China and Lux­em­bourg get to­gether to take onHol­ly­wood

China Daily (Canada) - - LIFE - By XUFAN

Chi­nese cin­e­mas have long been dom­i­nated by Hol­ly­wood block­busters, partly be­cause of the ex­ist­ing quota for for­eign films.

Only 34 for­eign films are al­lowed for gen­eral screen­ing each year on the ba­sis of a box­of­fice shar­ingsys­te­meachyear.

But now, Euro­pean film­mak­ers are hop­ing to team up with Chi­nese coun­ter­parts to throw a chal­lenge at North Amer­i­can film stu­dios.

“Un­der the cur­rent quota sys­tem, it is not easy for Euro­pean films to be dis­trib­uted in China. But in the fu­ture, it might be lib­er­al­ized and we’ll see more op­por­tu­ni­ties,” Guy Dalei­den, man­ag­ing di­rec­tor of Film Fund Lux­em­bourg, told China Daily on the side­lines of the 2017 Schen­genChi­nese Film Prize, a new event jointly held by Lux­em­bourg and China, in Shanghai on June 13.

China had signed an agree­ment on the present quota with the World Trade Or­ga­ni­za­tion in 2012, valid for five years. It al­lows 34 for­eign films to be in­tro­duced per year based on a box-of­fice shar­ing sys­tem to give 25 per­cent profit to the for­eign pro­duc­ers of the fea­tures.

Most Chi­nese film­mak­ers es­ti­mate the quota would be loos­ened in the next year, as new ne­go­ti­a­tions with the WTOare set for mid-Fe­bru­ary. As more than 90 per­cent of the 34 for­eign films shown in China are from Hol­ly­wood, Euro­pean film­mak­ers ex­pect they could earn a big­ger mar­ket share if the quota is re­vised.

Dalei­den says most films from Lux­em­bourg are co­pro­duc­tions with ma­jor Euro­pean coun­tries, such as France, Italy and Spain.

Other than co­pro­duc­tions, Lux­em­bourg’s rich fi­nan­cial sys­tem makes it at­trac­tive to for­eign film­mak­ers, who can get a max­i­mum in­vest­ment of 1.7 mil­lion euros ($1.87 mil­lion) for a film from Lux­em­bourg’s govern­ment.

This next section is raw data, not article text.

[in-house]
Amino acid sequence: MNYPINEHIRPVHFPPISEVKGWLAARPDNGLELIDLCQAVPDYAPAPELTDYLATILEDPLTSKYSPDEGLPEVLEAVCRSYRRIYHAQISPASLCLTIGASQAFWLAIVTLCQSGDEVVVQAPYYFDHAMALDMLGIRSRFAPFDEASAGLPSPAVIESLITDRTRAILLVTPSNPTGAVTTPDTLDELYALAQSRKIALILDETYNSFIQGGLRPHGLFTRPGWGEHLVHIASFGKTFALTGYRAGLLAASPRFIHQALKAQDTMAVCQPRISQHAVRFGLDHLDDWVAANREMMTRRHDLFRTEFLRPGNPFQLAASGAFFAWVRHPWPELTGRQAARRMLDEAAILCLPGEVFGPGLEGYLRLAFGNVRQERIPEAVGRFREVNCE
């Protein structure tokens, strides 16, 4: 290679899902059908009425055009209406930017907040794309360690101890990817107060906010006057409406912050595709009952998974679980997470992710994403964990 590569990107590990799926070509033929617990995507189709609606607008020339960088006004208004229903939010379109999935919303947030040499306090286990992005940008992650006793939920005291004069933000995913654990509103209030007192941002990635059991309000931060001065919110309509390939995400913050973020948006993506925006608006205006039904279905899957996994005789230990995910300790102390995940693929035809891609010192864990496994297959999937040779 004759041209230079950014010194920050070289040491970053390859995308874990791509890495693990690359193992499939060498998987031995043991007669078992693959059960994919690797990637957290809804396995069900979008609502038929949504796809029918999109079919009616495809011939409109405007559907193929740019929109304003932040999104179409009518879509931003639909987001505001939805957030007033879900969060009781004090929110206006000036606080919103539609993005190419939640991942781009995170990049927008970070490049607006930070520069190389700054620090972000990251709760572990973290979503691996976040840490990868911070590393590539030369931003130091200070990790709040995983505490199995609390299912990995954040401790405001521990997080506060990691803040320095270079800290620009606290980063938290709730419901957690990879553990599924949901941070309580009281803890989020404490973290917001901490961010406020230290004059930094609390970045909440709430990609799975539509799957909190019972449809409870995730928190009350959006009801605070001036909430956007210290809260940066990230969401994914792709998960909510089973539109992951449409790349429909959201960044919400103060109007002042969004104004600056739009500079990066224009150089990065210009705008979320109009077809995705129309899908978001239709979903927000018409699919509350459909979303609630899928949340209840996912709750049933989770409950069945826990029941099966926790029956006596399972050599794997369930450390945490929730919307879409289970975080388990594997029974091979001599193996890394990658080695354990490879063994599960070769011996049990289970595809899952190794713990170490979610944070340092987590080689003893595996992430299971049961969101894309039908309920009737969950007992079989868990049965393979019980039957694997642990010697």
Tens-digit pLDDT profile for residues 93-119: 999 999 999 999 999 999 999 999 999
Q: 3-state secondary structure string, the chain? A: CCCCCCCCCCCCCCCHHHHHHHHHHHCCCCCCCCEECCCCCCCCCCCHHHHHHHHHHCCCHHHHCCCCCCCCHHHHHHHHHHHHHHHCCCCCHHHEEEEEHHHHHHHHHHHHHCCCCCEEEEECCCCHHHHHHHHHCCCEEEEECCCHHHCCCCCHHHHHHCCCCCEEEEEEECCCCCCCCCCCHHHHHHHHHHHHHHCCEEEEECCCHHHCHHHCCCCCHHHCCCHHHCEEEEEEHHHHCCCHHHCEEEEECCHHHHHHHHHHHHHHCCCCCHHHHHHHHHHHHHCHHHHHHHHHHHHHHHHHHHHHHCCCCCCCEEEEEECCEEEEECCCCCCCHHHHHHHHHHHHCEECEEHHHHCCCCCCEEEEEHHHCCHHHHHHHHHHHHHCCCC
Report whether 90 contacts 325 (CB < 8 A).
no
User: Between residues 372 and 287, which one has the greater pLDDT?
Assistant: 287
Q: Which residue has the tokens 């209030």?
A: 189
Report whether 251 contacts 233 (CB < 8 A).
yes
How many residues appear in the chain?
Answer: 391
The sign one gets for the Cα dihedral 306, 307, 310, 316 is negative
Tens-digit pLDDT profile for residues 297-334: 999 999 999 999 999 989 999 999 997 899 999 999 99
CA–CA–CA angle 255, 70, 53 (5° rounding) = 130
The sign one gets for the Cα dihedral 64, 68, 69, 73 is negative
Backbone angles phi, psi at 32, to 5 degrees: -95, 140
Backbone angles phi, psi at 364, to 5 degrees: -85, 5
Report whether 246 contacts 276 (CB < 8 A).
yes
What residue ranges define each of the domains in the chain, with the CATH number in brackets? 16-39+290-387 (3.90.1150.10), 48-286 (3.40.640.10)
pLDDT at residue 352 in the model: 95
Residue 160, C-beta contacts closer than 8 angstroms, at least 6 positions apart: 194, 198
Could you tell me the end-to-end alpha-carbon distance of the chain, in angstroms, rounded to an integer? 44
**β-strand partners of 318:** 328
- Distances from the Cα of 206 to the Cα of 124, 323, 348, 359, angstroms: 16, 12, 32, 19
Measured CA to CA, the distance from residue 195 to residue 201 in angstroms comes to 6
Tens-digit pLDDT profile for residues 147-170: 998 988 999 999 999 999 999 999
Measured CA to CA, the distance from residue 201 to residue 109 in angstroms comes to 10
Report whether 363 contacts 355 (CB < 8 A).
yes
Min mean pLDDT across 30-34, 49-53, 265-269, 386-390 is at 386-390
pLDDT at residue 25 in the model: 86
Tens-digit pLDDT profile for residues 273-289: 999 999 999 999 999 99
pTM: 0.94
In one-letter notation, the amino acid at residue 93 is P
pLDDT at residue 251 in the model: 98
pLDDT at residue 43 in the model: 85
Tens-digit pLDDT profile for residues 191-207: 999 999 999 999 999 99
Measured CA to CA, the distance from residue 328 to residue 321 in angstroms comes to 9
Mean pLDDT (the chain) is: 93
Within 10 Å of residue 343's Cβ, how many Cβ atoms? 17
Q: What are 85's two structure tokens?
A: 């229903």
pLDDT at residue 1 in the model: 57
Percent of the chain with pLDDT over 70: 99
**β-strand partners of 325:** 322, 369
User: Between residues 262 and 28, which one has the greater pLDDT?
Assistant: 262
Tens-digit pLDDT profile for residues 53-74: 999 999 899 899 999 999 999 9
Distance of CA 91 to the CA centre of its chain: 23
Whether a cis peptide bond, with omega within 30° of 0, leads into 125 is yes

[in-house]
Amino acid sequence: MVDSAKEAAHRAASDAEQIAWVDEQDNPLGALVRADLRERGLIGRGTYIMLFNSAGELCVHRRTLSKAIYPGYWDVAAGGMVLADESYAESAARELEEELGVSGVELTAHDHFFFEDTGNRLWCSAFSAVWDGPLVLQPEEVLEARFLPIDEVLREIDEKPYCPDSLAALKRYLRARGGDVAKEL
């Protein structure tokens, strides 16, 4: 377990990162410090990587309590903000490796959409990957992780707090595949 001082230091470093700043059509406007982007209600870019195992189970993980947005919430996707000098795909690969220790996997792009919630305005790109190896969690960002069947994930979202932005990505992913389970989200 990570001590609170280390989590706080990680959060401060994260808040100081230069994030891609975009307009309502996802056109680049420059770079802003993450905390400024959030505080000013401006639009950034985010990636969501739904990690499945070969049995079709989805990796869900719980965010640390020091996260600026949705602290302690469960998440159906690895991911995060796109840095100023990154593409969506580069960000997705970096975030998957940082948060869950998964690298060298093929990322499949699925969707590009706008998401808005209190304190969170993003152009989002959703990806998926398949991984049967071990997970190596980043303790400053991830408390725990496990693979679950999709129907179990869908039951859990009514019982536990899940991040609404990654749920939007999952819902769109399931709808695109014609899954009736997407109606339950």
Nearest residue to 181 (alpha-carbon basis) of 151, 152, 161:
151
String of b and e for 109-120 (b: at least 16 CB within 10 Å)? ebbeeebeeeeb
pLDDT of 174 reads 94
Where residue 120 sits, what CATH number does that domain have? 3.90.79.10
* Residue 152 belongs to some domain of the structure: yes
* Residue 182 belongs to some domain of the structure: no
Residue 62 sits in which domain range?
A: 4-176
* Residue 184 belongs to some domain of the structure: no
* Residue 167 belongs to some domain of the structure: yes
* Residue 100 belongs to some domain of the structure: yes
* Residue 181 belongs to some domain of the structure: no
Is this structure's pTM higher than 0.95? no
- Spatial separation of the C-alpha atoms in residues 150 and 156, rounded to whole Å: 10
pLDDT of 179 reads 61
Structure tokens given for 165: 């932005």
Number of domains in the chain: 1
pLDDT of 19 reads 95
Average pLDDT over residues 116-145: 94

“We used to co­pro­duce with North Amer­ica. But in the last cou­ple of years, we have had no such co­pro­duc­tions,” he says. “We don’t want to act as a serv­ing plat­form for Hol­ly­wood films.”

They are look­ing to make smaller yet in­ter­est­ing sto­ries linked to Europe, Dalei­den says.

Lux­em­bourg has a to­tal pop­u­la­tion of 550,000, of which around 40 per­cent are for­eign­ers, in­clud­ing 5,000, or 1 per­cent, from China, Dalei­den says.

“It’s a mul­ti­cul­tural so­ci­ety, which is in­ter­ested in films with dif­fer­ent back­drops,” he says.

The Schen­gen Chi­nese Film Prize can bring Chi­nese star power to Lux­em­bourg and other Schen­gen coun­tries, ac­cord­ing to him.

“Peo­ple love beau­ti­ful faces. If you let them see Gong Li or Jackie Chan, they’ll be in­ter­ested in Chi­nese films.”

Chen Yi, the Chi­nese founder of the event, says Lux­em­bourg, a fa­vorite hub in Europe for bank­ing, has its fi­nan­cial advantages in the film busi­ness, too.

“In its long his­tory of in­ter­na­tional co­pro­duc­tions, Lux­em­bourg has shown that it knows how to re­duce com­mer­cial risks,” she says.

The event will be held in Lux­em­bourg in late Fe­bru­ary or ear­lyMarch next year.

An in­flu­en­tial Euro­pean film­maker will be in­vited as the jury head and the awards will be mainly given to young tal­ents.

Wu Guan­ping, the ex­ec­u­tive chair­man of the jury and the dean of film stud­ies de­part­ment at the Bei­jing Film Academy, says he is now work­ing on se­lect­ing the en­tries for the com­pe­ti­tion sec­tion of the awards.

“China’s movie mar­ket is not short of in­vestors,” he says. “But the big fi­nancers are busy com­pet­ing for celebri­ties.”

Wu says the event would help young Chi­nese film­mak­ers win both recog­ni­tion and fi­nan­cial sup­port.

If you let them see Gong Li or Jackie Chan, they’ll be in­ter­ested in Chi­nese films.”

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